Almost two dozen life insurers are banding together to share the risk of claims for expensive drugs, as costly new treatments for illnesses such as cancer and auto-immune diseases become more common, Tara Perkins writes.

As Target prepares to invade Canada, suppliers are paying big bucks to learn about the U.S. discount retailer's tastes and tactics, Marina Strauss reports.

Barrie McKenna examines Canada's inefficient and politicized electricity business, which isn't just unfortunate, but costly, as well.

What to watch for next week There's a lot going on next week, from economic reports to the start of another earnings seasons.

In Canada, we'll get a look at how our exporters did in February when Statistics Canada reports the country's trade balance on Thursday morning. It's expected to be little changed from January's $2.1-billion, perhaps slightly less.

"Canada’s trade surplus has been stayin’ alive in recent months, dancing to the tune of a more upbeat U.S. trading partner," said Emanuella Enenajor of CIBC World Markets.

"Stateside demand likely supported Canada’s exports again in February, with rising domestic auto production suggesting that vehicle shipments to the States may have done well," she said in a report.

"Other sectors of exports, however, may have struggled. Production disruptions at a large north Alberta oil sands producer saw crude oil output in February plunge, according to data from the National Energy Board. Associated exports may have also taken a hit. As well, falling natural gas prices and production could have contributed to the first decline in energy exports in four months."

In the United States, markets will get a fresh reading Friday on inflation, which is believed to have slowed in March to about 2.6 per cent or 2.7 per cent on an annual basis, from February's 2.9 per cent.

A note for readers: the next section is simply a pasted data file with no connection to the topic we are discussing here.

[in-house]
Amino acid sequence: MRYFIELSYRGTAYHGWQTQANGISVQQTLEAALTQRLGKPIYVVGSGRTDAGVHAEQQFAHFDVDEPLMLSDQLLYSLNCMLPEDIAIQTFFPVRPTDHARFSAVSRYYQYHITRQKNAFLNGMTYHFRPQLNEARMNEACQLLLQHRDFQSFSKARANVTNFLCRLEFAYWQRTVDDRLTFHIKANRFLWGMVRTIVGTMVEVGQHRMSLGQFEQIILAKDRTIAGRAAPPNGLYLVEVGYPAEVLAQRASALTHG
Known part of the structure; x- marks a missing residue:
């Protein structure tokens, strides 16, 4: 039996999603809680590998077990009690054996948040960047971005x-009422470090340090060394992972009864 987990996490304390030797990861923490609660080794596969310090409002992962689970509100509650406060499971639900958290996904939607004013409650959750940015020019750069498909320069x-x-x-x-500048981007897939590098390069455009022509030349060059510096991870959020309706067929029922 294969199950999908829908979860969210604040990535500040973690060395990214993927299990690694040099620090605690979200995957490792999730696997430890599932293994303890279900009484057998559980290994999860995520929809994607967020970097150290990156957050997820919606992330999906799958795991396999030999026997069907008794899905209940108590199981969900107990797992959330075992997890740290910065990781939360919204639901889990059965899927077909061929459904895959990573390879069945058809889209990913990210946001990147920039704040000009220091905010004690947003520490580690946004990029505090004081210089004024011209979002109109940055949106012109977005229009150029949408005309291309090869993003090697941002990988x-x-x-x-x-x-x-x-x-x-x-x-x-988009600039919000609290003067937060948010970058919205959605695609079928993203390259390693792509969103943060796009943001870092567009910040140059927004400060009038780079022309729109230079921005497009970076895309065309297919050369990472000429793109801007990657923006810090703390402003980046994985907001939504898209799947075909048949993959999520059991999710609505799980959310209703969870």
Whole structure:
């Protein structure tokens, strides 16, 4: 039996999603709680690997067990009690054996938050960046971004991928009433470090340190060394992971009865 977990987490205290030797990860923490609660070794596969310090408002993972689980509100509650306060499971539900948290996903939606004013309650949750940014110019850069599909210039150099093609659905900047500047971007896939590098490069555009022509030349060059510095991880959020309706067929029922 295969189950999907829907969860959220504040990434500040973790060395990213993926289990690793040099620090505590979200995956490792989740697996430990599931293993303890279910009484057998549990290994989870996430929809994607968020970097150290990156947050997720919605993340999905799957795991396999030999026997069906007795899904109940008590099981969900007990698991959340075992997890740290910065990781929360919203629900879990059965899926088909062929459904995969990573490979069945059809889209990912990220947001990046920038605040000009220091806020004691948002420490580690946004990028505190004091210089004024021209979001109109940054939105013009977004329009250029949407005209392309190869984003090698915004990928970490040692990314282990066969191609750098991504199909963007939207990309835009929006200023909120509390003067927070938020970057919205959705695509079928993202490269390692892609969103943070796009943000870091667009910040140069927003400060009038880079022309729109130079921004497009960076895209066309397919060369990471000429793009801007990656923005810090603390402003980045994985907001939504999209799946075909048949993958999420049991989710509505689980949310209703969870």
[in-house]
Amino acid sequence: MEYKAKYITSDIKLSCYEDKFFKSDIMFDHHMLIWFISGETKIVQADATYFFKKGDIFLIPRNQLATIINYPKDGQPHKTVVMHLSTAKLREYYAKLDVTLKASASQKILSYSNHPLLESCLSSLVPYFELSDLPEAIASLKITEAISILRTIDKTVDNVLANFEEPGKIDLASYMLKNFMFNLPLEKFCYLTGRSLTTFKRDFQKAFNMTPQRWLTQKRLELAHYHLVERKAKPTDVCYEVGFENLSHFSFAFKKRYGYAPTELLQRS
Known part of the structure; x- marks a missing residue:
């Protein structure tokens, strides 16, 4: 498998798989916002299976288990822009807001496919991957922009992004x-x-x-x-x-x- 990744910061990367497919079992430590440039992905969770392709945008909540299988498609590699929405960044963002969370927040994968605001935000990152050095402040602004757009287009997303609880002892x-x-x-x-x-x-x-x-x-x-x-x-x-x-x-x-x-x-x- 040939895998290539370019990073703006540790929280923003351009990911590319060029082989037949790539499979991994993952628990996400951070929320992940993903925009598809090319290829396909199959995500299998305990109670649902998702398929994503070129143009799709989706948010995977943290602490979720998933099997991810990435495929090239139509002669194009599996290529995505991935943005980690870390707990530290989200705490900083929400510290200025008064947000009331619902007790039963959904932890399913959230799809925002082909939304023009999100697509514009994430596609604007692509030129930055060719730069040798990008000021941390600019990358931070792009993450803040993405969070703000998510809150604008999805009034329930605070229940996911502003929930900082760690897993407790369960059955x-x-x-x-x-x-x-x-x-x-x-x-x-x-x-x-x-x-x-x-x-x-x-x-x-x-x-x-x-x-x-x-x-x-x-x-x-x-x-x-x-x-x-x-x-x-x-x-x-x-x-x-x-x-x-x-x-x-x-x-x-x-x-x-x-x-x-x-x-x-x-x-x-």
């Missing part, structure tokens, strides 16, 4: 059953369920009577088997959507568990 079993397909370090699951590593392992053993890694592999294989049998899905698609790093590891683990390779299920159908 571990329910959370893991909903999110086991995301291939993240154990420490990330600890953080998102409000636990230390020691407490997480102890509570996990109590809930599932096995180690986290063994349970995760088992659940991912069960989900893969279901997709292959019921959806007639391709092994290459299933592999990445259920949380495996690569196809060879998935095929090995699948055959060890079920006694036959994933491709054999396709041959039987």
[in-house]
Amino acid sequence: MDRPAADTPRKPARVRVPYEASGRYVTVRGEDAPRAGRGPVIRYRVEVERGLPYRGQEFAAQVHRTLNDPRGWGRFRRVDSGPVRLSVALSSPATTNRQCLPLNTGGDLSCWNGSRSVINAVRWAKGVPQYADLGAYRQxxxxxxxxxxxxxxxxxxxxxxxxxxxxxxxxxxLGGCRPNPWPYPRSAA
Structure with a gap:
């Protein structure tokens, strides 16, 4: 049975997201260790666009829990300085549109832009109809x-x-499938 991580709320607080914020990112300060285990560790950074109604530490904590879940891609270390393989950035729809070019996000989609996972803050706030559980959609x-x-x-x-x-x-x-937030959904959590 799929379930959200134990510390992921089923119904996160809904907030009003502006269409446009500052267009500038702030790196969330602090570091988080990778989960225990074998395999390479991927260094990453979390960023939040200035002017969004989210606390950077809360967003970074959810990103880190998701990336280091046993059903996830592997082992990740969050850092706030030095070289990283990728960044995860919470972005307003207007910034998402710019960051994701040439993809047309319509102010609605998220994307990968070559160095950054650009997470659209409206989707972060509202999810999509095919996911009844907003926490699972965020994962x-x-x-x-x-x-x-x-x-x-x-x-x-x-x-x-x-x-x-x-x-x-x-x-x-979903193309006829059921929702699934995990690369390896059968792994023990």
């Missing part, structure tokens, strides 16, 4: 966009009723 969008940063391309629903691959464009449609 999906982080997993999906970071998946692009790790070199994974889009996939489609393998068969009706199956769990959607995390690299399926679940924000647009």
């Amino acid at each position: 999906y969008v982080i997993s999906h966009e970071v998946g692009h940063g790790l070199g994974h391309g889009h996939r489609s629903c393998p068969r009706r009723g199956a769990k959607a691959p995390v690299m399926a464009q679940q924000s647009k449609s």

"Though retail gasoline prices continued to rise, the pace has slowed markedly in the face of some stabilization in crude oil prices," said Paul Ferley and Tom Porcelli of Royal Bank of Canada. "This is expected to result in the energy price component rising a more moderate 0.7 per cent in March."

In the markets, it may seem like earnings seasons never end. The latest is set to kick of as Alcoa Inc. reports its first-quarter results. Other companies scheduled to report include Google Inc., JPMorgan Chase & Co., Wells Fargo & Co., Astral Media Inc., Cogeco Inc. and Shaw Communications Inc.

"The Q1 earnings season unofficially gets under way next week when Alcoa reports on Tuesday, and the general theme will likely be one of much cooler profit growth," said BMO's Mr. Kavcic.

"S&P 500 earnings are currently expected to rise 3.2 per cent year over year in the quarter, down from 9.2 per cent year over year in 2011Q4 - that would be the slowest pace since 2009Q3 when the economy was pulling itself out of recession."